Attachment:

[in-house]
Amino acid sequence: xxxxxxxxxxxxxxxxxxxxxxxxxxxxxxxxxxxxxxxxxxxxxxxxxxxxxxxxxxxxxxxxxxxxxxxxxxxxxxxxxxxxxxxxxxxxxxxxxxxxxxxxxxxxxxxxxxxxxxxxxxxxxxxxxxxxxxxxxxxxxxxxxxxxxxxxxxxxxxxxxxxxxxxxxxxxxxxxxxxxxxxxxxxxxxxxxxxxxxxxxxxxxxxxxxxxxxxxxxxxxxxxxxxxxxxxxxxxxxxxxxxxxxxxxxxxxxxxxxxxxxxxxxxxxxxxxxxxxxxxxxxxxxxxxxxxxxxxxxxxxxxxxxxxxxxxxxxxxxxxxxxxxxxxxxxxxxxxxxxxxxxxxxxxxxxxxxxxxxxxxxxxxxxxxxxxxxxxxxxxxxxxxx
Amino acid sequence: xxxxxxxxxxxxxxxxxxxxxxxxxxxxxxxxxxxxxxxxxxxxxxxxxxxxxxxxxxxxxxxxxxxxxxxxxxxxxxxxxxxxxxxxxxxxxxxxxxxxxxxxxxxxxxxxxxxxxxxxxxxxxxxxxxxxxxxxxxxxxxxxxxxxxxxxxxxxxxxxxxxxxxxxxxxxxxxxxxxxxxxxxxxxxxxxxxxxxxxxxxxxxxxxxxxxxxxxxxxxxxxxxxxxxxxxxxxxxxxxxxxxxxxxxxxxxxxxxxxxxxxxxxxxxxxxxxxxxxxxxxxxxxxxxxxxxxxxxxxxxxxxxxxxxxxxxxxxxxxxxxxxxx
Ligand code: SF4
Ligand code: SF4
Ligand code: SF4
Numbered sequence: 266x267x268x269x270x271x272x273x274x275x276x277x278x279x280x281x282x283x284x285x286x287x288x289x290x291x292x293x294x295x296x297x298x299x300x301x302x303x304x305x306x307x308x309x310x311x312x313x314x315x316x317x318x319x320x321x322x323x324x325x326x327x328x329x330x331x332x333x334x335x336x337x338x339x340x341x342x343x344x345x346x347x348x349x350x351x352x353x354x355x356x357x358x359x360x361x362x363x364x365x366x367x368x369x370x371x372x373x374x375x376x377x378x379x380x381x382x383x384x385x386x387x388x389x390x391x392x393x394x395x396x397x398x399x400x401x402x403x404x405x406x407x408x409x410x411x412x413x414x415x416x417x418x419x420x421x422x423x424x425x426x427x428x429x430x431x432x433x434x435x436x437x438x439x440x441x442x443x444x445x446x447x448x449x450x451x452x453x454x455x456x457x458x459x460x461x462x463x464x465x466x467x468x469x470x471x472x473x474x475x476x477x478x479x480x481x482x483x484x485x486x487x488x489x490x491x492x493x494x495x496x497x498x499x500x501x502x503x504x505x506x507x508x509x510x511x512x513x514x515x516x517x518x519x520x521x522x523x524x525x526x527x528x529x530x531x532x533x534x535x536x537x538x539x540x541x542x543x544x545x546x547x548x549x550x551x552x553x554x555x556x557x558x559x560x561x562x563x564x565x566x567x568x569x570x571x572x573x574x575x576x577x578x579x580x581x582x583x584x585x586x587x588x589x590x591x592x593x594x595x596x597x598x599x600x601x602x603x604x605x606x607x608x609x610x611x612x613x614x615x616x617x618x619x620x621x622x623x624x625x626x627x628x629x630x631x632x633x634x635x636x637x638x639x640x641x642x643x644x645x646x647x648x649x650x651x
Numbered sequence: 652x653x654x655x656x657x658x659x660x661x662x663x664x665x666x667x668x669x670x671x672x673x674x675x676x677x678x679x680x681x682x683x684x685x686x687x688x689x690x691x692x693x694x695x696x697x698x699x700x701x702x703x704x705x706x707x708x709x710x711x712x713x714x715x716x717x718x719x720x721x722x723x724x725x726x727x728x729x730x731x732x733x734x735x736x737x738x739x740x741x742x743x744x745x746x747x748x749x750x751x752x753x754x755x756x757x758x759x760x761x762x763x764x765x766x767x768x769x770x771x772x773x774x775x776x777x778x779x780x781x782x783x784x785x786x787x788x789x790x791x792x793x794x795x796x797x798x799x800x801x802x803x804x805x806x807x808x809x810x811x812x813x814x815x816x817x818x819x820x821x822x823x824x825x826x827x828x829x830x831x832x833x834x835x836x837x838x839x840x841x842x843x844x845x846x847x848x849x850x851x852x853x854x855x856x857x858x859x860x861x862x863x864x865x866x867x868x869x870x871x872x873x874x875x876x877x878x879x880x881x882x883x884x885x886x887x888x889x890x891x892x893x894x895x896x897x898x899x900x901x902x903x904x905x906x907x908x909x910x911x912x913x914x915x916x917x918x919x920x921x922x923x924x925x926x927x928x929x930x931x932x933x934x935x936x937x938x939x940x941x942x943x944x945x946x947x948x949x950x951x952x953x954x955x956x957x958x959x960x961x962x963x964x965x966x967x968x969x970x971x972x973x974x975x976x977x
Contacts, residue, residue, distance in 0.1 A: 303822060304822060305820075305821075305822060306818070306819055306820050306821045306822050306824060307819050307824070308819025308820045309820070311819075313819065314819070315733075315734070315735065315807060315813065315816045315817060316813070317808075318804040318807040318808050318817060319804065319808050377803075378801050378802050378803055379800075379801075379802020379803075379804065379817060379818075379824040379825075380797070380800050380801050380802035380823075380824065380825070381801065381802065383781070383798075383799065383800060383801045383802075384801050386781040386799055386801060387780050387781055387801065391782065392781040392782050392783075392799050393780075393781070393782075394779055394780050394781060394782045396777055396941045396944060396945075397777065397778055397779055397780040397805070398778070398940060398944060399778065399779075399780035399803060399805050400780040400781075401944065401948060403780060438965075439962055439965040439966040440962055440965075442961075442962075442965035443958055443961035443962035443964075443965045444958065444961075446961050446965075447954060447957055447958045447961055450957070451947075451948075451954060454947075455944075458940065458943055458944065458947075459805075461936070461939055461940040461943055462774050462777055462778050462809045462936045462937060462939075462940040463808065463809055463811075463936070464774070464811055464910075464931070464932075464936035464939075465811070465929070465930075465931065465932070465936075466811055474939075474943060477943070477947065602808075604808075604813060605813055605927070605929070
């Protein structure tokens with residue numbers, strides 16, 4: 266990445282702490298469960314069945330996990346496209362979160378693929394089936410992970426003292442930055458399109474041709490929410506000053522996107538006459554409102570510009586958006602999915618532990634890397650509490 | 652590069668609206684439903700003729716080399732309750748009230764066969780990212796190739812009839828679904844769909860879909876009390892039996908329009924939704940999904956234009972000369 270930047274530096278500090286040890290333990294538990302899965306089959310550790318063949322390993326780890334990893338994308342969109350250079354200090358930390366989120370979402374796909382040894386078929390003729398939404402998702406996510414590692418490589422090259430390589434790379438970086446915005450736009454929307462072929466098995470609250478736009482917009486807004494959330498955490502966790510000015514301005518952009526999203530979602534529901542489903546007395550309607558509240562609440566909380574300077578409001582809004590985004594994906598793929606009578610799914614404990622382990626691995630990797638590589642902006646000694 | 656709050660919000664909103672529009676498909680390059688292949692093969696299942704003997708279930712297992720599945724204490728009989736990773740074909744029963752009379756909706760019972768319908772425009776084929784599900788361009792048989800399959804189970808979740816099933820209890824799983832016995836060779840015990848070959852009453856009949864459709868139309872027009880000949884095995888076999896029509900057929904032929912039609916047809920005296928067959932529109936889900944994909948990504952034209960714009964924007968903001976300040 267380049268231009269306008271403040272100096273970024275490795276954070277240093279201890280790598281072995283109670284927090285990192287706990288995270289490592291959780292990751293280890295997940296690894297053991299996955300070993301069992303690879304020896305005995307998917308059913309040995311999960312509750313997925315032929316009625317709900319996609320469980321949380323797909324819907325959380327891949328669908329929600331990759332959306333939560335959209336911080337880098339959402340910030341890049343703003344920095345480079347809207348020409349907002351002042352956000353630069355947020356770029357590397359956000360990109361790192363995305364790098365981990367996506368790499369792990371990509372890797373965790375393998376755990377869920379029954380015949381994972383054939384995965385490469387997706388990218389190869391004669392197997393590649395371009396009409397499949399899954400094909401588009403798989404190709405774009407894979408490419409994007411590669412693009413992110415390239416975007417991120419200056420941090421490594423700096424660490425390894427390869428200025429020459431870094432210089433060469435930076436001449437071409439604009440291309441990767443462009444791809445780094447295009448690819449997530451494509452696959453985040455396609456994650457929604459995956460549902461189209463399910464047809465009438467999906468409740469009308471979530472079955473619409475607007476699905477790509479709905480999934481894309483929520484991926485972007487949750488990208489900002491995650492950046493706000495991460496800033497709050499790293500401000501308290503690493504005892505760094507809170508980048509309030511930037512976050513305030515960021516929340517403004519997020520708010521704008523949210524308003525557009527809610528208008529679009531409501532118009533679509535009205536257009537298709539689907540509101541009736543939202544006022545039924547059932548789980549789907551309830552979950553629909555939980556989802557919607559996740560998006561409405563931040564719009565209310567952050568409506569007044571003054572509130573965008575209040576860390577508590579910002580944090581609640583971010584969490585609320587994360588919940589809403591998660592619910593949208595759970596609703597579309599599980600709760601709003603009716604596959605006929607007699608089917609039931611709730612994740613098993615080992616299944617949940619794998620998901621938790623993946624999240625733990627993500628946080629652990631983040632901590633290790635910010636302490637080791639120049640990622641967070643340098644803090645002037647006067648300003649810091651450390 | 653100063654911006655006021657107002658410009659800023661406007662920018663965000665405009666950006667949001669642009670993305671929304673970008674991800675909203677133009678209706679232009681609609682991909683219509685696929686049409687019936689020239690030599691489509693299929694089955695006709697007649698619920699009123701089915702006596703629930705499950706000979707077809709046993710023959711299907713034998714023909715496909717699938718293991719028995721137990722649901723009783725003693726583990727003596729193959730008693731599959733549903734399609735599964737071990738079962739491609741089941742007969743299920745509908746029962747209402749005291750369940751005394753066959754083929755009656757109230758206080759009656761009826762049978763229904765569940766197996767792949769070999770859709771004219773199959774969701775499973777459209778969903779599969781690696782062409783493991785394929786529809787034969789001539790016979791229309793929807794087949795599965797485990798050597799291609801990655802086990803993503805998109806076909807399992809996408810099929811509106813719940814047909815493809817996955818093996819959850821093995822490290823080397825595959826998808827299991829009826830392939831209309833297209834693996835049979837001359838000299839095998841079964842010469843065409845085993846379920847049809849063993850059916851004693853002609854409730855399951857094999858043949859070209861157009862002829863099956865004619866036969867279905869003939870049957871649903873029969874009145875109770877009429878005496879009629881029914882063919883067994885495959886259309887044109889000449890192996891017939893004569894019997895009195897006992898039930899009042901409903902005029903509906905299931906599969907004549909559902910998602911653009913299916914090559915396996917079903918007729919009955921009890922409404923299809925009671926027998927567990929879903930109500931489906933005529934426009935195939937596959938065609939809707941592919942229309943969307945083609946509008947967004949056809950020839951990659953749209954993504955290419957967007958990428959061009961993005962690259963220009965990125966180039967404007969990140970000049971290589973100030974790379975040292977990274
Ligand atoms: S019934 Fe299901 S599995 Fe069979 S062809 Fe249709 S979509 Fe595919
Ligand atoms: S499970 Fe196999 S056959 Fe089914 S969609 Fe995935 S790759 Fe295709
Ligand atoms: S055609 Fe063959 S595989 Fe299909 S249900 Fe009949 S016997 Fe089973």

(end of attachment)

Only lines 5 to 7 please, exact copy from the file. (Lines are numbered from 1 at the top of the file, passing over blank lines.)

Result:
Ligand code: SF4
Ligand code: SF4
Numbered sequence: 266x267x268x269x270x271x272x273x274x275x276x277x278x279x280x281x282x283x284x285x286x287x288x289x290x291x292x293x294x295x296x297x298x299x300x301x302x303x304x305x306x307x308x309x310x311x312x313x314x315x316x317x318x319x320x321x322x323x324x325x326x327x328x329x330x331x332x333x334x335x336x337x338x339x340x341x342x343x344x345x346x347x348x349x350x351x352x353x354x355x356x357x358x359x360x361x362x363x364x365x366x367x368x369x370x371x372x373x374x375x376x377x378x379x380x381x382x383x384x385x386x387x388x389x390x391x392x393x394x395x396x397x398x399x400x401x402x403x404x405x406x407x408x409x410x411x412x413x414x415x416x417x418x419x420x421x422x423x424x425x426x427x428x429x430x431x432x433x434x435x436x437x438x439x440x441x442x443x444x445x446x447x448x449x450x451x452x453x454x455x456x457x458x459x460x461x462x463x464x465x466x467x468x469x470x471x472x473x474x475x476x477x478x479x480x481x482x483x484x485x486x487x488x489x490x491x492x493x494x495x496x497x498x499x500x501x502x503x504x505x506x507x508x509x510x511x512x513x514x515x516x517x518x519x520x521x522x523x524x525x526x527x528x529x530x531x532x533x534x535x536x537x538x539x540x541x542x543x544x545x546x547x548x549x550x551x552x553x554x555x556x557x558x559x560x561x562x563x564x565x566x567x568x569x570x571x572x573x574x575x576x577x578x579x580x581x582x583x584x585x586x587x588x589x590x591x592x593x594x595x596x597x598x599x600x601x602x603x604x605x606x607x608x609x610x611x612x613x614x615x616x617x618x619x620x621x622x623x624x625x626x627x628x629x630x631x632x633x634x635x636x637x638x639x640x641x642x643x644x645x646x647x648x649x650x651x